Six reasons to start up in Japan
s an island nation, Japan has developed along a unique path. Culturally tight-knit but nonetheless reliant on external trade, the country is increasingly opening up to a new wave of innovation and investment in the twenty-first century.
Between 2013 and 2017, investment in the Japanese startup ecosystem increased by more than 150%. Domestically, the government has launched a number of programs aimed at inspiring young companies to base themselves in cities across Japan, including a startup visa and the creation of National Strategic Special Zones aimed at foreign investment.
From the glimmering lights of Tokyo, a pioneer in robotics manufacturing for years, to Fukuoka (the up-and-coming “East Asian Silicon Valley”) and a number of other leading startup cities such as Sendai, Osaka and Kyoto, Japan’s pivot to a startup economy is real and growing. Informed by Startup Guide Japan, here are six reasons to launch a business in Japan.
1. Japan is safe, clean and culturally rich
Japan has one of the lowest violent crime rates in the world, and the Japanese are proud of their safety and order. Trains run perfectly on time, bikes are routinely left unlocked in the streets and the nation values cleanliness in both public and private spaces.
You’ll find a multifaceted culture here – long standing traditions dating back thousands of years exist alongside cutting-edge technology. Walking through the streets of Kyoto can feel like exploring an open-air museum, while the neon lights and soaring skyscrapers of Tokyo’s Shinjuku neighborhood feel like an entirely different world.
The nation’s previously closed business culture is also in flux. While Japan has a reputation for formal corporate culture, in recent years, more casual startup networking spaces and events have proliferated. There are networking nights, seminars and startup events held across the nation’s major cities on a weekly basis.
2. It has a dedicated startup visa
In an effort to make Japan more open to international businesspeople, the government has created a startup visa that is available in National Strategic Special Zones: Tokyo, Hiroshima and Aichi prefectures, and in the cities of Fukuoka, Sendai, Niigata and Imabari. Depending on the area, this can grant you a six-month or one-year temporary residence permit while you undertake the necessary startup preparations.
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3. There is strong support for entrepreneurs
Japan ranks 29th out of 190 economies on the World Bank’s Ease of Doing Business, and has made great efforts in recent years to attract overseas companies. Begin your journey by consulting with JETRO, which provides excellent advice in English and may even provide you with temporary office space. Also look into local startup-support options in the area where you’re launching; for example, Kobe Enterprise Promotion Bureau and the Global Startup Center in Fukuoka.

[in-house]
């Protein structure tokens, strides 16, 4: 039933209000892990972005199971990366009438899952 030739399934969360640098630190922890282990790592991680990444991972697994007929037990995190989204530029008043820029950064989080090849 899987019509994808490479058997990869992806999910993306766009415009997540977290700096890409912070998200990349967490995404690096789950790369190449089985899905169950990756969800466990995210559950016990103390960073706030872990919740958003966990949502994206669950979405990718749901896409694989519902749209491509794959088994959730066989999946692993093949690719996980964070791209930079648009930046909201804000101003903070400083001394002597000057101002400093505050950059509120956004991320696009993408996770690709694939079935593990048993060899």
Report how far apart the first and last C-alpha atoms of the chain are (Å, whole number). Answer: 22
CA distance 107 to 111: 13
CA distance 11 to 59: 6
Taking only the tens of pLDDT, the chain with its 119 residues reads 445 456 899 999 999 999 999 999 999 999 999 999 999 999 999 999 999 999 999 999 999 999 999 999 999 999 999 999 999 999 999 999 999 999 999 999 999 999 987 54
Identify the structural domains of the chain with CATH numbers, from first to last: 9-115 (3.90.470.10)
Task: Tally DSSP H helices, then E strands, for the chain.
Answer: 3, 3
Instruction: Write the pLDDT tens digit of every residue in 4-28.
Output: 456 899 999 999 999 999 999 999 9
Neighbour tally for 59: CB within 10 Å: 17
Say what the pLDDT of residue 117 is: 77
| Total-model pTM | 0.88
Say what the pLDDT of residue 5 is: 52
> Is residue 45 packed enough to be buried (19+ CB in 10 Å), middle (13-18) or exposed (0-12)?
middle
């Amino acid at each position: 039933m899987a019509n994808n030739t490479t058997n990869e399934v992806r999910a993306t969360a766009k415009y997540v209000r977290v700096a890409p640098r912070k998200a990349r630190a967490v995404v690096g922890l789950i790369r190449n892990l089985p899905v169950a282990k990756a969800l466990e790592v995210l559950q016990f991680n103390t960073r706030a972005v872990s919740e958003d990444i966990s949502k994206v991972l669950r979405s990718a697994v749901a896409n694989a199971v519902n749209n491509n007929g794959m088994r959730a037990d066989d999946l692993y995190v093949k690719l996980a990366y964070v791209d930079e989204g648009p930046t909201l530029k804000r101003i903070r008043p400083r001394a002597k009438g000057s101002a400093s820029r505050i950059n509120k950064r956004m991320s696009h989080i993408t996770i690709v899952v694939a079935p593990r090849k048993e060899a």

Coworking spaces also provide support and can help you find your community. Hive Jinnan in Tokyo regularly holds events from startup-founder talks to art exhibitions. Kyoto Makers Garage provides tools and a space for anyone to create; government-backed Osaka Innovation Hub hosts Hack Osaka, an annual international conference on innovation; and Ignite Sendai Startups, led by a group of foreign professionals, launched Sendai’s first ever startup conference in English in 2019 and is working to grow the Tohoku entrepreneurial community.
Fukuoka styles itself as a “startup city,” and government-backed Startup Cafe Fukuoka City provides a coworking space, offers free advice and holds weekly events. For startup news in English, follow The Bridge, and for a great podcast, including inspiring interviews with founders, listen to Disrupting Japan.
4. It has a large and sophisticated market
With a GDP of $5 trillion, Japan's market is the third-largest economy in the world. Japanese customers are seeking new solutions to challenges both local and global, including the country’s aging society and environmental sustainability. Founders with genuinely innovative products and services will find a receptive market here.
5. Japan is embracing open innovation
In recent years, corporations in Japan have awakened to open innovation. Aiming to connect their business resources to startups for innovation, many corporate acceleration programs and corporate venture capital initiatives are on offer. Founders in Japan have ample opportunity to make corporate connections and open innovation has become a major movement among Japan’s many industries.
6. There are excellent universities with cutting-edge research and development
Japanese universities are famous for their R&D, and Nagoya University alone has produced six Nobel Prize winners from among its faculty members. As well as providing a highly educated workforce, by collaborating with startups and engaging in technology transfer, these institutions are commercializing research and helping to drive innovation.
Written by Phoebe Amoroso.
Repackaged by Hazel Boydell.
Main photo: Nicki Eliza Schinow / Unsplash.